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Turning a dead oak tree into a mountain bike jump with a cheap mill

Turning a dead oak tree into a mountain bike jump with a cheap mill
Way back in the summer we cleared this

dead

tree

to build woodpecker trail. Who knows how long the actual

tree

was laying there, but the timber we cut from it certainly was solid, and strangely full of perfectly usable wood. Well as it turns out, Berm Peak is a goldmine of white oak, which according to Wikipedia is naturally rot resistant. Now I’m not sure how rot resistant it actually is but wherever we find this stuff it seems to be more or less intact. With the discovery of this plentiful
turning a dead oak tree into a mountain bike jump with a cheap mill
resource right under our noses, I wanted to find a way to use it for more than just caging landings. So today we’re going to actually build something out of that very first piece we cleared from woodpecker trail. But first, we need to move it down to the gravel road. You can barely fit a hand truck down this singletrack, let alone a UTV. So, it took a little creativity and a whole lot of struggling to get this chunk of

dead

tree

back to the gravel road. This winch I’m using gets its power
from any cordless drill. On the surface it seems almost too useful, but its actually pretty limited. This winch has a built in torque limiter which keeps you from pulling anything bigger than this. With a hard 500lb limit, you cannot rely on this drill winch for vehicle recovery or pulling larger chunks of timber like we did with the git’r. But for shifting things around or positioning heavy logs for trail building, this thing could prove useful. After a long and bumpy ride on the struggle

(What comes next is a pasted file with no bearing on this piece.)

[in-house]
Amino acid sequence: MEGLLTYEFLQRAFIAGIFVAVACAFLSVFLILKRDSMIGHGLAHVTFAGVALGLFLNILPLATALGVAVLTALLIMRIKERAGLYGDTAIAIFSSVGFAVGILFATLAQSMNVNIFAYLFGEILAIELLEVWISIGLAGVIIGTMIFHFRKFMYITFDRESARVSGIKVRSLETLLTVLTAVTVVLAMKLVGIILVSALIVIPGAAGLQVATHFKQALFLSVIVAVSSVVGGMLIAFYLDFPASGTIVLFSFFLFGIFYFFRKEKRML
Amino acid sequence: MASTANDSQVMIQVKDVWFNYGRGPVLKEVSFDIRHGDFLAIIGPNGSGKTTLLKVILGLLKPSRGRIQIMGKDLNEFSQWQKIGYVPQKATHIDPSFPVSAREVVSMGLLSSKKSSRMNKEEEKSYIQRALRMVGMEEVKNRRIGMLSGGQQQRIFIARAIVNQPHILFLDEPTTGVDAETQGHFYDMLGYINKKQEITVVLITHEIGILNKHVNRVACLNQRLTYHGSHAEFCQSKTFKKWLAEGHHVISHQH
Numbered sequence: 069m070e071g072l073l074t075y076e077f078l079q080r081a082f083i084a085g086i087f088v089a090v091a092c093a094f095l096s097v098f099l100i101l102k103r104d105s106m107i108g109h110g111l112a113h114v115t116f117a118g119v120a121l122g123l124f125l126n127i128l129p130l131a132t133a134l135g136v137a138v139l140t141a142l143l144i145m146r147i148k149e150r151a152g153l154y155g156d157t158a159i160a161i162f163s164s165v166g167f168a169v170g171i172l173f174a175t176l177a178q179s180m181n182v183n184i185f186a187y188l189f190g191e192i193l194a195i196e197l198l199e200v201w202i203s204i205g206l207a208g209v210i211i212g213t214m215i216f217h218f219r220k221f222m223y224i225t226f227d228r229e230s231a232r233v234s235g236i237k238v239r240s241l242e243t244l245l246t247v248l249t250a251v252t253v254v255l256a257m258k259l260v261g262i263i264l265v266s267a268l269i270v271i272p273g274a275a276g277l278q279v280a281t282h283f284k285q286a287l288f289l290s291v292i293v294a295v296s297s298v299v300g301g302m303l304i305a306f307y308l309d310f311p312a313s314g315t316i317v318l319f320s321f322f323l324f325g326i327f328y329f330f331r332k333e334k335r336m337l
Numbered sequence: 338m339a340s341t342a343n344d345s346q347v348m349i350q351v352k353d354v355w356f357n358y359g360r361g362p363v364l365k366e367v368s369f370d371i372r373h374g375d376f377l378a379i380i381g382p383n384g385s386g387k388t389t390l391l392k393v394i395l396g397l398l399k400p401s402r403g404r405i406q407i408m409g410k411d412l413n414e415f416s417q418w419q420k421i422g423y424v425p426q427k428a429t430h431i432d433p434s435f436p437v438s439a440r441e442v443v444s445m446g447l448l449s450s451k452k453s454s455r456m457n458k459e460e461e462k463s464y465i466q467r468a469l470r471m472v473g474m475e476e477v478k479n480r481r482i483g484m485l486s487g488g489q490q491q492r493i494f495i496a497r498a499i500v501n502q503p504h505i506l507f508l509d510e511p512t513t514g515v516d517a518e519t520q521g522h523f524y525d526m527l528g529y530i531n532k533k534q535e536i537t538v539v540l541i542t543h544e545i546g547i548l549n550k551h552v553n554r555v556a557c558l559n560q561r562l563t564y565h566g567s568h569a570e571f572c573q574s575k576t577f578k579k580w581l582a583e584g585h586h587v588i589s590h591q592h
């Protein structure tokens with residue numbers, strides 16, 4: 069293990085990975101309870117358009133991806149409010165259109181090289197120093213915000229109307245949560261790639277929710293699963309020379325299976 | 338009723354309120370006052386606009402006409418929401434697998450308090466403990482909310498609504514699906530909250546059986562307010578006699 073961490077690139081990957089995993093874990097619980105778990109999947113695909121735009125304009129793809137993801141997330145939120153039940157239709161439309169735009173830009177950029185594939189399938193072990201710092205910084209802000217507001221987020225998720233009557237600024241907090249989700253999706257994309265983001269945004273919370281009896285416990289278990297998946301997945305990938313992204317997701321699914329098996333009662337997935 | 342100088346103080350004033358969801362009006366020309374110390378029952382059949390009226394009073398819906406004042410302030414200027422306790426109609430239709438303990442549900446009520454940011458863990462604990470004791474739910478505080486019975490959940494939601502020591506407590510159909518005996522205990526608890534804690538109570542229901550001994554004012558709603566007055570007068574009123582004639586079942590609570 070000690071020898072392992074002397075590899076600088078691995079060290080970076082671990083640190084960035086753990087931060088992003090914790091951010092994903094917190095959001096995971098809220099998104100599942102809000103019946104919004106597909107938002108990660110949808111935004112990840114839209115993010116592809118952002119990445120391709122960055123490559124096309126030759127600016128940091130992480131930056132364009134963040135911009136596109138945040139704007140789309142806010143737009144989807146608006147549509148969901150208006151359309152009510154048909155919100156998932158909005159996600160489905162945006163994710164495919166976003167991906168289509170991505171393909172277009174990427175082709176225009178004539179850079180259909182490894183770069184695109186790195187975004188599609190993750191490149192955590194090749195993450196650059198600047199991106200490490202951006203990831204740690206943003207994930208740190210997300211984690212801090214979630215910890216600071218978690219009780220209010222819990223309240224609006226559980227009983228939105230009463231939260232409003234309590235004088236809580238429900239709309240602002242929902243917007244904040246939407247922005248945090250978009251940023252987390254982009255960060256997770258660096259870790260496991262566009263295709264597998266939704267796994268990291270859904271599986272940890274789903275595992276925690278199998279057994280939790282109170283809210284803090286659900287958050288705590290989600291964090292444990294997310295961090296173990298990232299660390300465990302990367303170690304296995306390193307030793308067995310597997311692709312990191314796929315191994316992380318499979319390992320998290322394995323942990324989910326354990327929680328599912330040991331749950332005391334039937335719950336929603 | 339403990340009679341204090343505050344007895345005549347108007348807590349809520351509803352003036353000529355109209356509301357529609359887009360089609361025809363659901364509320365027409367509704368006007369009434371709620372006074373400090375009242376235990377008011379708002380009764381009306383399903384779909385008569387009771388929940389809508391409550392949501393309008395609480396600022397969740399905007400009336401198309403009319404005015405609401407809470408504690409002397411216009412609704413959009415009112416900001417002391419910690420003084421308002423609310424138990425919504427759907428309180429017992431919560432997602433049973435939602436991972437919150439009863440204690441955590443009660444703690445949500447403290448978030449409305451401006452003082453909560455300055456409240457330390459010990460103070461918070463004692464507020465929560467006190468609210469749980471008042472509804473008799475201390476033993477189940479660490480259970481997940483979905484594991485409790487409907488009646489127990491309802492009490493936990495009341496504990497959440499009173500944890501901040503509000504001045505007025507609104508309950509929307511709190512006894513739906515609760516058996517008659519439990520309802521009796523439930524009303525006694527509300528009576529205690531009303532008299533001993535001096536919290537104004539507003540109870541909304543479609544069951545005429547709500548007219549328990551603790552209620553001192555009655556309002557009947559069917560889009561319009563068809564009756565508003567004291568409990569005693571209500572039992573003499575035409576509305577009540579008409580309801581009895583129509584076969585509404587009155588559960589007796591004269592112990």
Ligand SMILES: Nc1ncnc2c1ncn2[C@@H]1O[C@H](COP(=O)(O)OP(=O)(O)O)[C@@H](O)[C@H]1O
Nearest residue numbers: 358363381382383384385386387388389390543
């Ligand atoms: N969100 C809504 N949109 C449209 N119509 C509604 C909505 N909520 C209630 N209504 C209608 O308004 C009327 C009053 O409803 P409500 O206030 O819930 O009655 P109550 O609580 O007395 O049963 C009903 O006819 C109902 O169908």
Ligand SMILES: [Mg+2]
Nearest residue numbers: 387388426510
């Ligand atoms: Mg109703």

bus, I finally got that chunk of timber down to the gravel road. And now you might be wondering why I didn’t simply cut this up where I found it, and you know what? That’s a really good point. But our

mill

ing operation is going to require a level surface, as well as shore power. Because in addition to that drill winch there’s something else we need to test out today. I found this chainsaw

mill

on Wranglerstar’s YouTube channel, and bought it for under $30 on Amazon. It attaches to any
turning a dead oak tree into a mountain bike jump with a cheap mill
chainsaw bar with set screws, and uses a 2x6 as a guide rail. By tacking it down with a couple screws, you can square up timber and turn it into dimensional lumber. To actually cut this waterlogged oak, I’m using a plug in electric saw that was under $100. Seems like an odd choice, but a gas saw that can run continuously without overheating is actually pretty expensive. There’s also the noise factor of running a two stroke saw continuously for hours on end. Not very neighborly. But my
electric

mill